Affecting flash power with AF points?
Keywords: nikon, speedlights, lighting, flash, focus, af
Lately there have been several comments made by experienced photographers stating that selecting different focus areas in the camera will change the place in the image that the flash meters from. I knew that this wasn't true based on my knowledge gained by designing flash and camera integrated circuits. I knew that the flash meters the entire frame based on center weighted brightness. However, I needed some proof, so I took the following series of images.
First, I arranged a white panel and a black panel so that they split the frame exactly in two. These images are unedited, directly out of my Nikon D3, low ambient conditions, f/5.6, 1/200th, ISO 400, regular TTL.
In image 1 (below), , the focus point was moved to the far left in the center of the white panel (the panel appears gray, because the flash system has averaged the center weighted frame and chosen a power that balances the entire image to Nikon’s meter 12% gray reflectance.
In image 2, I moved the focus spot all the way to the right side in the middle of the black panel. Notice that this image is exactly the same exposure as Image 1) showing that the position of the focus point is not used for the regular TTL metering system.
In the next few images, I investigate the effects of the focus system on TTL compared to TTL-BL.
In image 4, next, (still in TTL mode) I moved the focus point to the far right on the rope extending below the hats, and allowed the camera to focus there. You can see that moving the focus point did not affect the flash metering. The subject (although now out of focus) is exactly the same brightness as the previous image, as is the background.
In image 5 I switched to TTL-BL mode and placed the focus point back on the statue. You can see that the statue is no longer overexposed, as the balancing equations try to balance it with the darker background.
In image 6 I remained in TTL-BL mode and moved the focus point to the far right so the rope below the hats would be in focus. Immediately you see a change in the flash power. The statue is now overexposed and the background is much brighter. This is what has been causing even experienced photographers to think that the focus selection has an effect on flash power. However, the change is not being caused by moving the focus points. It is being caused by the change in focus distance. In this image the hats are about 15 feet behind the statue, and in TTL-BL mode, the distance is the prime factor that is used to set flash power. So, the farther distance caused the power to increase.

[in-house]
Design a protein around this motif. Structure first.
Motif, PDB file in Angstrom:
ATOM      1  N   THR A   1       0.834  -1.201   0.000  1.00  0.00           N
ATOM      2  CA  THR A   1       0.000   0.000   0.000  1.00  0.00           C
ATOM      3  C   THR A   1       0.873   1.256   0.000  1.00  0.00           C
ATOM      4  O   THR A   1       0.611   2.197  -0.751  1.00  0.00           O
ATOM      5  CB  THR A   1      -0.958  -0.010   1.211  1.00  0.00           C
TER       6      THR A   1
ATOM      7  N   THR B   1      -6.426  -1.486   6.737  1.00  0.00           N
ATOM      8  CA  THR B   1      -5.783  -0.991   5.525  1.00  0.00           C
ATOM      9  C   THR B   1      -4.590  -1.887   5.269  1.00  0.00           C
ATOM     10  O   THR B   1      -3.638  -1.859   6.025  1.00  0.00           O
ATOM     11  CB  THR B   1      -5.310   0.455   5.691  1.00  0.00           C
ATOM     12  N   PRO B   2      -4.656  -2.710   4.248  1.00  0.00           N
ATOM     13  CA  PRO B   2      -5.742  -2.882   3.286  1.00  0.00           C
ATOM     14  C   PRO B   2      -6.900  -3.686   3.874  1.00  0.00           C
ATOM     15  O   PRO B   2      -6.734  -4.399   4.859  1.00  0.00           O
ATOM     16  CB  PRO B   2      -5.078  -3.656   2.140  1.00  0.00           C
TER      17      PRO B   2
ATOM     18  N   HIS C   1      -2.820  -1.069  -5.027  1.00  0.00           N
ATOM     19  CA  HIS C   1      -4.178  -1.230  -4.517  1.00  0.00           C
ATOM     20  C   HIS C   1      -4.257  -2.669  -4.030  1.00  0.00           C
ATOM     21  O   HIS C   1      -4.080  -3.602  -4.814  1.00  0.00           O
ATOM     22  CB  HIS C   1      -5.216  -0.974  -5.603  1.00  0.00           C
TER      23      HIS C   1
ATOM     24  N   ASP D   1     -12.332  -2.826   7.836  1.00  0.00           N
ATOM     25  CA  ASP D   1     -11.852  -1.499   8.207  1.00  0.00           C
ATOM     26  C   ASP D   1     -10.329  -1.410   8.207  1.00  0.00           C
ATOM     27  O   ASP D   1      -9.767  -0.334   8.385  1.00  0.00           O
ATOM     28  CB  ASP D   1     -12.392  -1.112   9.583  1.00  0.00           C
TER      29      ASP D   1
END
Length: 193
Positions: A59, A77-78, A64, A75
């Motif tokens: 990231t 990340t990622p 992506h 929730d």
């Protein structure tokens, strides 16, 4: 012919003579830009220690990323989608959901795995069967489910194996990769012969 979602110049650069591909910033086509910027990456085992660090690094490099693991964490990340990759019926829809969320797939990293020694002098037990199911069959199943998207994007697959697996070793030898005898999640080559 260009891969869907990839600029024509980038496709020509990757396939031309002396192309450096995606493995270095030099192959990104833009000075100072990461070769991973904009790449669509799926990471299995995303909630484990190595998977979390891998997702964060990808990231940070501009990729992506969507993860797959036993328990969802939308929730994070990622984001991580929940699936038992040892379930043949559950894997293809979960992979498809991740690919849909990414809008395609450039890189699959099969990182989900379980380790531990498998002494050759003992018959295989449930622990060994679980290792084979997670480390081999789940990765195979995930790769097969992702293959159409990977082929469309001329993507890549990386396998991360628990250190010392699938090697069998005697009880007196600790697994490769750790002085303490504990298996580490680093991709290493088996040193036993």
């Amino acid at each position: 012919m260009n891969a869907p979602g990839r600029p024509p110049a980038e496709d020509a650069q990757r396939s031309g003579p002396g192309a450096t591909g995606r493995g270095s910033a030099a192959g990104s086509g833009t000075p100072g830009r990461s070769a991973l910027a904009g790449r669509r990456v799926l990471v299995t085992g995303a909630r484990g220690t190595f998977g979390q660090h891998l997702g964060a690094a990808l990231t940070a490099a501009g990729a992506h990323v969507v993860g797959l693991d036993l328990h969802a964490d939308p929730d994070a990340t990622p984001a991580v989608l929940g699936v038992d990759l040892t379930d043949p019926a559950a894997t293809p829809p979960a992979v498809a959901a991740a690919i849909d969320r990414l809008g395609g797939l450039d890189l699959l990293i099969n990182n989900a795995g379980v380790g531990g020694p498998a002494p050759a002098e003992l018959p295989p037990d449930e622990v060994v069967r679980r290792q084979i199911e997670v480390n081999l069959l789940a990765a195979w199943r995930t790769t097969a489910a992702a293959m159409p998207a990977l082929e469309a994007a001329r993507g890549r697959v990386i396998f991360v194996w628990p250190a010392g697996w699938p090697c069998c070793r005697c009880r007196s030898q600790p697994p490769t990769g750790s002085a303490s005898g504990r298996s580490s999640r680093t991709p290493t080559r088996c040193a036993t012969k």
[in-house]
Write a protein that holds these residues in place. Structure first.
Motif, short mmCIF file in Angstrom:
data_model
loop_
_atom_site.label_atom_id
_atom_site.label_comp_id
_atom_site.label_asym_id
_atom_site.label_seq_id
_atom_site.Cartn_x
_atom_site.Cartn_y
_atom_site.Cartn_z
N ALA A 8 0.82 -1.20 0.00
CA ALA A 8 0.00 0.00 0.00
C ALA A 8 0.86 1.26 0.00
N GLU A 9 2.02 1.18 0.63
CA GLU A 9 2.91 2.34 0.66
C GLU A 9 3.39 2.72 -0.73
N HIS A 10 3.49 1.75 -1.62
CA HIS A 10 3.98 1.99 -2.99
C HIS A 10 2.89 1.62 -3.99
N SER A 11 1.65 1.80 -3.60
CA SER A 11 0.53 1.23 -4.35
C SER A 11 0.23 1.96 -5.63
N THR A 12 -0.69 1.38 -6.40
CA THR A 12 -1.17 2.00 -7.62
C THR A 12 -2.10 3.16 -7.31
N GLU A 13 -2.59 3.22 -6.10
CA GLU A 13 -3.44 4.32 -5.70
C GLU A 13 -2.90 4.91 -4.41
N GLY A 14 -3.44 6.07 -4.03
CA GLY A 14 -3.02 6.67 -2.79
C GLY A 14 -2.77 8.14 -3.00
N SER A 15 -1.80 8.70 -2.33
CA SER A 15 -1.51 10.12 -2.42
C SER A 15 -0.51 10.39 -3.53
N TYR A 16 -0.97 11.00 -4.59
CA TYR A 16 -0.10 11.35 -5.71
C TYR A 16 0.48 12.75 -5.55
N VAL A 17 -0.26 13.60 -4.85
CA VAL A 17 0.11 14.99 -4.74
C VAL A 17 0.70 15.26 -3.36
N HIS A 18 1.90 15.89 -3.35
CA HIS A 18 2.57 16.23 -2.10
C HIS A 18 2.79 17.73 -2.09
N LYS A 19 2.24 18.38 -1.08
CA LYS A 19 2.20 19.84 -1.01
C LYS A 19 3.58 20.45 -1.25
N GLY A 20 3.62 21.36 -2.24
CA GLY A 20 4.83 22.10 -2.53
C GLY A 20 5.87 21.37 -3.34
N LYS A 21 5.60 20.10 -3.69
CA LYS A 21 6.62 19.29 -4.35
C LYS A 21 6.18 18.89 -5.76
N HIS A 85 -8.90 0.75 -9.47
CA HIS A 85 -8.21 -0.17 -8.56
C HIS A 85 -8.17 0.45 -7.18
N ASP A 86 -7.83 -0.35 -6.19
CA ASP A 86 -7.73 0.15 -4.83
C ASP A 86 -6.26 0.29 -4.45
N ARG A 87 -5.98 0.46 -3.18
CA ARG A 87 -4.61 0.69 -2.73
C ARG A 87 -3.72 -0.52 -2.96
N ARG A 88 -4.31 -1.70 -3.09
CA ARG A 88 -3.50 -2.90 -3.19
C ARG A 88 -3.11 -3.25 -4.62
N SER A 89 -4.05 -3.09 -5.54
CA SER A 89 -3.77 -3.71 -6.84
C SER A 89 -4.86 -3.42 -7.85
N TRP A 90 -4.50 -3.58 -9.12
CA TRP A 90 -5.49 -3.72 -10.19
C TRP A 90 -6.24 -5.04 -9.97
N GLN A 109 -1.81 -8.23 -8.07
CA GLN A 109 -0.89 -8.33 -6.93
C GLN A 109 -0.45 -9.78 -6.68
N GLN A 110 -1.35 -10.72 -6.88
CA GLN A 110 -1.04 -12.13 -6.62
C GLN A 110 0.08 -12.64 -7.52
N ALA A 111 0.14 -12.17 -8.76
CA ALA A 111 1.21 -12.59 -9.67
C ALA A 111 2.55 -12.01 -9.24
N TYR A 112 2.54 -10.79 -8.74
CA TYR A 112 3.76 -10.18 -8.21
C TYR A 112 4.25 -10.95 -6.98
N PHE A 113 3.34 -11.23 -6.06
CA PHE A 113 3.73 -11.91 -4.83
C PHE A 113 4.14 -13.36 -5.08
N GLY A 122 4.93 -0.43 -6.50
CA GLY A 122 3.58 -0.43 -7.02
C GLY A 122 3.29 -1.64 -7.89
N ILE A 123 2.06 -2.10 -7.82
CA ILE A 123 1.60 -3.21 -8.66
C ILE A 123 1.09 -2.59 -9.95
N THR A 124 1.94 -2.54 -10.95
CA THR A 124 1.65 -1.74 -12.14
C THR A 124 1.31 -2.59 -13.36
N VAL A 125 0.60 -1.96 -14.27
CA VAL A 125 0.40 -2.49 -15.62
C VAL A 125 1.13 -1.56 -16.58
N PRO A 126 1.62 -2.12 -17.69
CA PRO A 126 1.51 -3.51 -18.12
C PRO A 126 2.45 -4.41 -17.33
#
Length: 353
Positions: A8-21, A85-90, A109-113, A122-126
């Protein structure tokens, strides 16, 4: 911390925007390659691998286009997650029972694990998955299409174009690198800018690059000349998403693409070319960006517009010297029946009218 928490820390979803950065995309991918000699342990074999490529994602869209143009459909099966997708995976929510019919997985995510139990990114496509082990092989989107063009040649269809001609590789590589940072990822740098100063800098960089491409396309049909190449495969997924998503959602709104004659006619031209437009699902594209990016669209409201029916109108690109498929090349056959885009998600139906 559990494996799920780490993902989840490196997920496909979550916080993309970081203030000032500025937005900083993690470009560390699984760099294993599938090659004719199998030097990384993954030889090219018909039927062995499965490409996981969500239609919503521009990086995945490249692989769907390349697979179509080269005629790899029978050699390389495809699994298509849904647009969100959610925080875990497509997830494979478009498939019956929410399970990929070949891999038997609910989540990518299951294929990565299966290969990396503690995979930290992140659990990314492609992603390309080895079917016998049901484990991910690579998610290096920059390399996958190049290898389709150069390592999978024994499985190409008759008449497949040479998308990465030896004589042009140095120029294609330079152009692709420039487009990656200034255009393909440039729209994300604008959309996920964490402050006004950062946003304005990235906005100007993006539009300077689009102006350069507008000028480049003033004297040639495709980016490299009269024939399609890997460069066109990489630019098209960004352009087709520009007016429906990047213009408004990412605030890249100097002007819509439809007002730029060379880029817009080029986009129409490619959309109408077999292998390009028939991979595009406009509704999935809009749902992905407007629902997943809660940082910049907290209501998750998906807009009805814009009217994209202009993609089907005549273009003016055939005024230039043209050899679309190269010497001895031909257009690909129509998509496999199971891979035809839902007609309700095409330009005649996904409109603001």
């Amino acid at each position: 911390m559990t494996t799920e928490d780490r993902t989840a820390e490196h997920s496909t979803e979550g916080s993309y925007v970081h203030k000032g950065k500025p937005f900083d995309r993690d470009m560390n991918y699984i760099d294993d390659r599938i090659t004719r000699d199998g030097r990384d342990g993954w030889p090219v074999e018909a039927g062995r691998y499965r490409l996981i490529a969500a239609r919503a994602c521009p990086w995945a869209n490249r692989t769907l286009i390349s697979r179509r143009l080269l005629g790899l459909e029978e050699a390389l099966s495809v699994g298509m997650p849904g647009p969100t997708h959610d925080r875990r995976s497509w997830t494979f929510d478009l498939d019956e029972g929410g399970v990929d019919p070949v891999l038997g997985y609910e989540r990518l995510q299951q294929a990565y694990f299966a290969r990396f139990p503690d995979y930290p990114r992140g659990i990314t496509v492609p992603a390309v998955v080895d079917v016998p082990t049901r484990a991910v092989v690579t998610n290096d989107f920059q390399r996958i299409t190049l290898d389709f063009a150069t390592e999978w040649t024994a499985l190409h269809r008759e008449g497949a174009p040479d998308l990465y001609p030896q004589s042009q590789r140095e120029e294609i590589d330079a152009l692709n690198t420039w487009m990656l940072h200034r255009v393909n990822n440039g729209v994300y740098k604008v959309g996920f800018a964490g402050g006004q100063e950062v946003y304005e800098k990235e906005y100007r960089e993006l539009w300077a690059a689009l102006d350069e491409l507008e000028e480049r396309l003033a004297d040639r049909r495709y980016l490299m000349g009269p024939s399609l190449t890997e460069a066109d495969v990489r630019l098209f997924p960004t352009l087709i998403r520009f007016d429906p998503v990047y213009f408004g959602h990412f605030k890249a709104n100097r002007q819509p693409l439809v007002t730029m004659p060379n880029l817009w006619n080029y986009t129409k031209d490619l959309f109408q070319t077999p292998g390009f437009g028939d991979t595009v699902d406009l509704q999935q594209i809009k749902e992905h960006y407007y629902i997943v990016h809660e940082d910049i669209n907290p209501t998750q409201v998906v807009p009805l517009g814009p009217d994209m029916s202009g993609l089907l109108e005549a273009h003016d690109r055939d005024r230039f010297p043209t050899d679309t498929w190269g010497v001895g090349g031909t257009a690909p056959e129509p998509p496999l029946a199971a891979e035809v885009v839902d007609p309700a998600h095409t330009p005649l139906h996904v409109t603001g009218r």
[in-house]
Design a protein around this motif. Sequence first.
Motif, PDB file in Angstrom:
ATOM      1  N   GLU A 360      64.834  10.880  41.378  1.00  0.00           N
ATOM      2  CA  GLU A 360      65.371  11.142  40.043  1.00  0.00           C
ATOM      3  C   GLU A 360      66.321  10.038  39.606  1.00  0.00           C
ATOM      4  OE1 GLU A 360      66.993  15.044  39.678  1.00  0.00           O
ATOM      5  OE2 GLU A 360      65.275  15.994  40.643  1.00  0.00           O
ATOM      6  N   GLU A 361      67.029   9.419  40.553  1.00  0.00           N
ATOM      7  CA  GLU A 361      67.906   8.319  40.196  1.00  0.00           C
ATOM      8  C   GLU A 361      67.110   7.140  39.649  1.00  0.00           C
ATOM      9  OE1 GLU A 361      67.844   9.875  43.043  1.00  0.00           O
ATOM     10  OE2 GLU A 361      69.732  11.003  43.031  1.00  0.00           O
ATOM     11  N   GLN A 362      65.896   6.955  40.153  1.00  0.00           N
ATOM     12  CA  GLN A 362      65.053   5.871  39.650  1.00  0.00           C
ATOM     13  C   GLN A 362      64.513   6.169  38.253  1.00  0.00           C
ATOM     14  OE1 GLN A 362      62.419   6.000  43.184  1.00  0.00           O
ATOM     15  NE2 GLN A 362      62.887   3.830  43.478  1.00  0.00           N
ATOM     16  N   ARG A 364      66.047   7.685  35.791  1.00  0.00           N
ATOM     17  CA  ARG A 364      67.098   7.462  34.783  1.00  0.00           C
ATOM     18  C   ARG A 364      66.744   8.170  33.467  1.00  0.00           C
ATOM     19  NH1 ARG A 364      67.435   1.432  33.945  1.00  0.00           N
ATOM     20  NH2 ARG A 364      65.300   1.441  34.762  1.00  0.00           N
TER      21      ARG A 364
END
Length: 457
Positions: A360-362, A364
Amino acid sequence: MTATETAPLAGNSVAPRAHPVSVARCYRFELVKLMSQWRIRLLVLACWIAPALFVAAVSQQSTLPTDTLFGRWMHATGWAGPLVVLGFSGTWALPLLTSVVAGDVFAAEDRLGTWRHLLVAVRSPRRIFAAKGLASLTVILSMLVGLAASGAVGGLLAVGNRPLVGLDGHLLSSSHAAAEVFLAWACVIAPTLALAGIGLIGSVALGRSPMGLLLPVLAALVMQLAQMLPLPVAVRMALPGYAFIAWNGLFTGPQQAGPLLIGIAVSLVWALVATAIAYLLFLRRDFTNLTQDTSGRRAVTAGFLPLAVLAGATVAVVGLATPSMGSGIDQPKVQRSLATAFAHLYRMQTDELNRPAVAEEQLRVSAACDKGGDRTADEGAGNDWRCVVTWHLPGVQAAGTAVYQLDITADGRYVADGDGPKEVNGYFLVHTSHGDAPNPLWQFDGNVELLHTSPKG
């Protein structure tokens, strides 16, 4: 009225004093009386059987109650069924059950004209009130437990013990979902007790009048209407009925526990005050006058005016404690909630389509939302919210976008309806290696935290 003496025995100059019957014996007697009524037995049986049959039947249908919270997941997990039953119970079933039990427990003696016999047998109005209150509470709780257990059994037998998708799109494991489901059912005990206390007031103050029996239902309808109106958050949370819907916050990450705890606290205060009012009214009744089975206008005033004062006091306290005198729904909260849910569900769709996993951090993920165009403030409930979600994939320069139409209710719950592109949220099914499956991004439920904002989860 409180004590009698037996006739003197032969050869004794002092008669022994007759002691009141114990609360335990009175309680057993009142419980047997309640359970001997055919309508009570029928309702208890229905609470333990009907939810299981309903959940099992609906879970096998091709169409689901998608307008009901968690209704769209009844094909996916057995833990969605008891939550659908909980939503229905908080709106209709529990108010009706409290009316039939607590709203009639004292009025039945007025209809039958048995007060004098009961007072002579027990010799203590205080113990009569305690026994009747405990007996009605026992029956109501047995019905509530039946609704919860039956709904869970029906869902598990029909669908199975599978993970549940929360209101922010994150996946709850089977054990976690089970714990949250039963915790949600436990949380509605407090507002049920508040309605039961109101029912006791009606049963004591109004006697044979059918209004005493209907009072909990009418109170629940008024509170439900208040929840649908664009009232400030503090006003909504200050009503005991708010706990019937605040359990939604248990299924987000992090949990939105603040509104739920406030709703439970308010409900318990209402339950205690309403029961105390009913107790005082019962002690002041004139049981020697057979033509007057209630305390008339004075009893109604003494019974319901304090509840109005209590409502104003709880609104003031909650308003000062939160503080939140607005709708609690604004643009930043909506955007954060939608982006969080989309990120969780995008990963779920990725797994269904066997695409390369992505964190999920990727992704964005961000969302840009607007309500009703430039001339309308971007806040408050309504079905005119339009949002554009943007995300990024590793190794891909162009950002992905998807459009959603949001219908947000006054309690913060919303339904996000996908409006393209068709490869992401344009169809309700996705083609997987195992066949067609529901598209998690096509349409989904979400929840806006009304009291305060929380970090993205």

In image 7, I left the flash in TTL-BL mode, and switched off the auto focus and moved the focus point back to the statue. the important thing to notice is that the exposure of this image is identical to the previous image. This proves that moving the focus point does not affect flash power.
In image 8, I moved the focus point back to the hats. Again the exposure did not change.
These images prove that moving the focus point does not affect flash metering in either TTL or TTL-BL flash modes. The change in exposure that has been observed in TTL-BL mode when moving focus points is due entirely to the change in focus distance as reported by the D lens.
Editors’ note: Contrary to popular belief, Nikon meters (and Canon’s) are calibrated for 12% gray reflectance, according to ANSI standards (ISO 2720:1974). The correction needed if you are metering off a Kodak 18% gray card is ½ of an f-stop.
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Originally written on September 16, 2013
Last updated on January 24, 2021
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User on September 23, 2013
Russ, unless I overlooked it, you failed to mention the camera's exposure setting (i.e. Spot, Center Weighted, or balanced). You also didn't mention which lens you were using (i.e. AIS, AFD, AFS); depending on the lens, it may or may not provide the camera distance information to be used in the exposure calculations. If metering is set to Spot, "Regardless of which focusing area is chosen the highlighted focus area becomes the active spot for calculating exposure." This clearly suggests the focus points on modern DSLRs can in fact play a direct role in exposure determination. There are also many other things which could have contributed to the exposure calculations. Without fully understanding how your tests were conducted, I will take your results with a grain of salt.
john mcdonald (fineshot) on September 21, 2013
In image 7, the focus was turned to manual (as JRP says) and the focus point was changed. However, It is not a surprise to me that the statue is overexposed; as Alan said, the mistake is that Russ failed to re-focus along with the change in focus point (the focus is still on the hats). And as Hayo said, correct exposure is down to focus DISTANCE not focus point. Without the focus distance information provided by AF, the camera will have assumed that the subject is still at the (previously focussed) distance i.e. the hats! Correct exposure in TTL or even TTL-BL flash modes needs distance information from focus performed by AF - it does not work when in manual focus.